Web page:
What Is a Compounded Drug?
A compounded medication is the kind of thing you won’t find on regular pharmacy shelves. You’ll need to look for a compounding pharmacy in case you have a compounded prescription. This kind of drug is created for each patient, adjusting components according to each case. Buyers get to choose even the colour and taste of their medication. The final cost of a compounded drug will vary according to the ingredients’ cost and complexity in preparation. They aren’t the cheapest options out there, but there are ways to make them more affordable.
Compounded Pharmacy Vs. Regular Pharmacy
Pharmacies, as we know today, are pretty recent. Drug manufacturer moguls of today were still emerging laboratories by the end of World War II. Back in the day, every pharmacy would look pretty much like the compounded pharmacy of today. A doctor would prescribe you the components, and a pharmacist would assemble them for you. Drug manufacturers dominated the mass-production market. Still, compounded drugs find their space, offering customisation beyond large manufacturers’ reach.
When Is it Necessary?
If the medication you need is not available on the shelves, compounded ones will be your only choice. For instance, some patients can’t swallow whole pills. Yet, their medication isn’t available in any other form. That’s when compounded medication comes in. It might as well be the case if you need a particular dosage of a compound. Some allergies can also put you off regular pharmacies.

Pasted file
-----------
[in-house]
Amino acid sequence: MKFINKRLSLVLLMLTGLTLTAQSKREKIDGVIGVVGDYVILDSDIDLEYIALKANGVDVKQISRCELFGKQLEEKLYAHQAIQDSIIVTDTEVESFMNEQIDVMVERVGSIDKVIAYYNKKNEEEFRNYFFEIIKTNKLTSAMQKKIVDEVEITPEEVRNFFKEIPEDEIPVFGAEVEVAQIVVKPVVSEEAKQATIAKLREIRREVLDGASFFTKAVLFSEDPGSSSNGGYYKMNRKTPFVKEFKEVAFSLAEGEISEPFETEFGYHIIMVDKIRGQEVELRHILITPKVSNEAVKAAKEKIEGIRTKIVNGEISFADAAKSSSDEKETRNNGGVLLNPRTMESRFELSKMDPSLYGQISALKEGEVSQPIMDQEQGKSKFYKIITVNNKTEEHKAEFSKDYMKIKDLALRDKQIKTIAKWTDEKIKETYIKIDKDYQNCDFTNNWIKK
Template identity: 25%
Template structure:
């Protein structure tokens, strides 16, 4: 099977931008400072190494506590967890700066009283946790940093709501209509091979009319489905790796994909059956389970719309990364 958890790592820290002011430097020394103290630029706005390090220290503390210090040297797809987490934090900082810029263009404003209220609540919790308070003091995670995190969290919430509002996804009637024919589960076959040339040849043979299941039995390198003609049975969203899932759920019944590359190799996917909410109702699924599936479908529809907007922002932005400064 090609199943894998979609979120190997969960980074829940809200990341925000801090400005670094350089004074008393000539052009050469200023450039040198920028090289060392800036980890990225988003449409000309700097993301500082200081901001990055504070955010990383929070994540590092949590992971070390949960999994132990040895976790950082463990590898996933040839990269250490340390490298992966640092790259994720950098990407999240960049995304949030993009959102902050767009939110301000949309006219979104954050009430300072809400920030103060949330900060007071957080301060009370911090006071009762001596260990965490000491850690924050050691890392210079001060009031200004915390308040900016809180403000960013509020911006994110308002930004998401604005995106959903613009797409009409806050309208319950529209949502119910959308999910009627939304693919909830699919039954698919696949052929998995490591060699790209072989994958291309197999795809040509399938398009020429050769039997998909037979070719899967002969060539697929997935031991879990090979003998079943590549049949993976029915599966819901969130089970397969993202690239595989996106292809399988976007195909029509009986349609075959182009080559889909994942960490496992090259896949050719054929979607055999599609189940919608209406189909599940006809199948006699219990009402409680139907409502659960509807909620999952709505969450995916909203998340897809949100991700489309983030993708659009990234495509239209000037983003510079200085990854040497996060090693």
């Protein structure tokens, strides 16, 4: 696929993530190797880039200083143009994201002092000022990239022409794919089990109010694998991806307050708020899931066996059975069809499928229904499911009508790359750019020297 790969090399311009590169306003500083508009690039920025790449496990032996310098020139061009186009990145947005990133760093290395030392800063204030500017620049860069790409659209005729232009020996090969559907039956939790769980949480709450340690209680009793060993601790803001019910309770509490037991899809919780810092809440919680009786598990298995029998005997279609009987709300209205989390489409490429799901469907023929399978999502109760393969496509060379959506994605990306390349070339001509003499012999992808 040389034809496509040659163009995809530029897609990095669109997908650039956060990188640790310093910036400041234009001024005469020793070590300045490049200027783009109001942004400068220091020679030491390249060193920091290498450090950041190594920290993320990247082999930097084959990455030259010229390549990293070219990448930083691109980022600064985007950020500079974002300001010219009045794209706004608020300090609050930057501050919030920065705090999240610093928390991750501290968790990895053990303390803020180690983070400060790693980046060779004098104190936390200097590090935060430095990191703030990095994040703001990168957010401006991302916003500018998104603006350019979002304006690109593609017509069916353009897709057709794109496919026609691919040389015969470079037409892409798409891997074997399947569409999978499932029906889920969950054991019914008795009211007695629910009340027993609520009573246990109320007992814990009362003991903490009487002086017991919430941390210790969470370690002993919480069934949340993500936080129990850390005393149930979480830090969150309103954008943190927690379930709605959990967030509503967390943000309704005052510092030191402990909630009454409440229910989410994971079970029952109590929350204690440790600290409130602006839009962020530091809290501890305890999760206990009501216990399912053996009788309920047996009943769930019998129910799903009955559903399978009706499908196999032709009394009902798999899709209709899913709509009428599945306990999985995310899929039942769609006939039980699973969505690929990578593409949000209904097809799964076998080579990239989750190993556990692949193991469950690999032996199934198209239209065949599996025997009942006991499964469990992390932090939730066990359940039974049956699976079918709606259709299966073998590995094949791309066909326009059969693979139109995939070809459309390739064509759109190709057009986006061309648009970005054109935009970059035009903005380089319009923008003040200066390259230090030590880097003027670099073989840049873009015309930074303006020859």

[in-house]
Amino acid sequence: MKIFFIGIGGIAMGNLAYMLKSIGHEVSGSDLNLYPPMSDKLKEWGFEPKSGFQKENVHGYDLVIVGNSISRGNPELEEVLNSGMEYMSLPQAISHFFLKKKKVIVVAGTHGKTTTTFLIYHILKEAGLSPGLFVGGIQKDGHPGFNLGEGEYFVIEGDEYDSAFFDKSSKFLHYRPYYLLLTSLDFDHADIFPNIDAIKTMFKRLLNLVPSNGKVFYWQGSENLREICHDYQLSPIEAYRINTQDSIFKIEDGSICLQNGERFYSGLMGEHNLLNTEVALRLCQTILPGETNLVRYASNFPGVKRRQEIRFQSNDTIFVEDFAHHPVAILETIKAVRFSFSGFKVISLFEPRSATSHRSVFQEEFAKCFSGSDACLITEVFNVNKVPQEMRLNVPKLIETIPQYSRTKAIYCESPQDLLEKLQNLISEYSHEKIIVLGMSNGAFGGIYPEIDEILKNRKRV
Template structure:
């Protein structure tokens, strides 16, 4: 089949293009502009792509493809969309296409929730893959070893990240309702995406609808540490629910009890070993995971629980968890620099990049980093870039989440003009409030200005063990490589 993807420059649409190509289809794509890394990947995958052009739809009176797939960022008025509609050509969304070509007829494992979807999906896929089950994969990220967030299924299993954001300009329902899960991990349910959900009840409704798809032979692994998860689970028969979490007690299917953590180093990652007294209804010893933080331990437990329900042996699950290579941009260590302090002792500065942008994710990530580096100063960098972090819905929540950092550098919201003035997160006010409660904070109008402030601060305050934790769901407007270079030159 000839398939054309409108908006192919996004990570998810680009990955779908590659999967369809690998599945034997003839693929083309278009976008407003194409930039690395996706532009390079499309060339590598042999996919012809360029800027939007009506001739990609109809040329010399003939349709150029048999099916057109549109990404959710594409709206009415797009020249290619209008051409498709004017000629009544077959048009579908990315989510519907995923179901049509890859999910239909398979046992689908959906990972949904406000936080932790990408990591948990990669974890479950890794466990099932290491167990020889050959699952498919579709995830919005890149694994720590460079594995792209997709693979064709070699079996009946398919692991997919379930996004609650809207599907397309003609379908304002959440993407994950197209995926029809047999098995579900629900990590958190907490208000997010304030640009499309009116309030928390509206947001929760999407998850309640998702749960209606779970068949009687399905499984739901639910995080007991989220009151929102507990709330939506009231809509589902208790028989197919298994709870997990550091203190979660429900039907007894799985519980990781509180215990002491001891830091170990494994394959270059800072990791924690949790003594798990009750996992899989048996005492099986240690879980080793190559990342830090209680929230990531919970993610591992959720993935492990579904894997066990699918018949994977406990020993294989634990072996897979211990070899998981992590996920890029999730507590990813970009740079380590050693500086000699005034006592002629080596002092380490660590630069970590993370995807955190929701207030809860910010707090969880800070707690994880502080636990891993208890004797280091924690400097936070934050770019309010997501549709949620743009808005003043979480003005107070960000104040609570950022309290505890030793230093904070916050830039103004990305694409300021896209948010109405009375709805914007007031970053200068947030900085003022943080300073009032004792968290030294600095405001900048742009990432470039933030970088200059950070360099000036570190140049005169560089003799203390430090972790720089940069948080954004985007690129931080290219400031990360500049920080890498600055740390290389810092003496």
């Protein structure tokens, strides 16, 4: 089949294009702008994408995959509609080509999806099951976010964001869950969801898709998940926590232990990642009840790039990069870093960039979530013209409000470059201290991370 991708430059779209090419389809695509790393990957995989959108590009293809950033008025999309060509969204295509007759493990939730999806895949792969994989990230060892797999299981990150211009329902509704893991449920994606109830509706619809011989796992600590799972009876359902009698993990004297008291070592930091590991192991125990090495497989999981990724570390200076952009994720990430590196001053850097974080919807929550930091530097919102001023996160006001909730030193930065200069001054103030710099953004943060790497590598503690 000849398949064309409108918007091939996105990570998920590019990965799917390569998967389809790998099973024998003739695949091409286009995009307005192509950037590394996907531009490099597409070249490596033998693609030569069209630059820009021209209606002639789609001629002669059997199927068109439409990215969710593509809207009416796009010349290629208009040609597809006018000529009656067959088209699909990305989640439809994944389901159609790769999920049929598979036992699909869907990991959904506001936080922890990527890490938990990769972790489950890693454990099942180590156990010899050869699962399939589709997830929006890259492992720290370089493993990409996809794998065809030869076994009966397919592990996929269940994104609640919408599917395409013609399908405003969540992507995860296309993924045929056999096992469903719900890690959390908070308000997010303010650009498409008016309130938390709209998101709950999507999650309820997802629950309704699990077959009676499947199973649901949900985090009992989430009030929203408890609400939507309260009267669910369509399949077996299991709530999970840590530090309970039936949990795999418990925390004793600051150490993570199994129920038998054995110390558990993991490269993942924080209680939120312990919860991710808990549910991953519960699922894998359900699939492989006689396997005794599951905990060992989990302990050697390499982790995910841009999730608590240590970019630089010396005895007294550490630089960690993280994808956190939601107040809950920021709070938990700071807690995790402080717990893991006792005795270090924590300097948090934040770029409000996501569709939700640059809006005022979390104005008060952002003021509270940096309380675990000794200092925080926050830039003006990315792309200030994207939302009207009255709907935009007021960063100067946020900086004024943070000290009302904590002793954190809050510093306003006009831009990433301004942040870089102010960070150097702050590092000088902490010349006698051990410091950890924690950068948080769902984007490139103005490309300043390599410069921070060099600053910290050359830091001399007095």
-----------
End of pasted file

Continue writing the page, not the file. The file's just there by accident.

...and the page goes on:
Compounding practice, also known as “extemporaneous compounding”, has started timidly in Australia. Only creams and hormonal treatments were available to the public. Hormonal treatments followed the hype over bioidentical hormone replacements. Australian customers were demanding a product they couldn’t find in regular pharmacies. The patient-oriented nature of compounded drugs pushed them far beyond the creams and hormones. The practice was regulated in 1989, with the Therapeutic Goods Act, although with exceptions.
Is it More Expensive Than Regular Medication?
It depends on the case. Sometimes, an off-the-cuff medication is the only choice. Sometimes, there isn’t even a one-size-fits-all medication available to compare prices. A compounded medication can cost anywhere from a few bucks to hundreds of dollars. It varies according to the compounds employed. Rare compounds and complex medication may raise the prices.
Strengths and Liabilities
There are advantages and disadvantages to using a compounded medication. In this section, you’ll read about the more significant pros and cons.
Your drug can be manipulated and adjusted in the way you want. Patients with dysphagia can have liquid versions of medications, for instance. Taste and colour adjustments can help children to accept it better too. The same goes for allergies and intolerances to certain compounds often found in regular medication.
This kind of medication can be more expensive than regular ones. Insurance might be tricky about covering them as well. Often, this kind of medication must be afforded entirely by the patient. Some of those drugs are part of the Pharmaceutical Benefits Scheme (PBS). But, if your prescribed drug isn’t there, the costs are up to you most of the time.
This kind of medication can be, at times, your only choice. If you can find equal medication in regular pharmacies, compare prices and benefits. Extemporaneous drugs can be expensive. Still, you can save on their price by preferring regular components to complex ones. Bulk buying can also help you save money in the long run. In any case, check your options. See if your insurance covers your prescription or if it’s under the Pharmaceutical Benefits Scheme.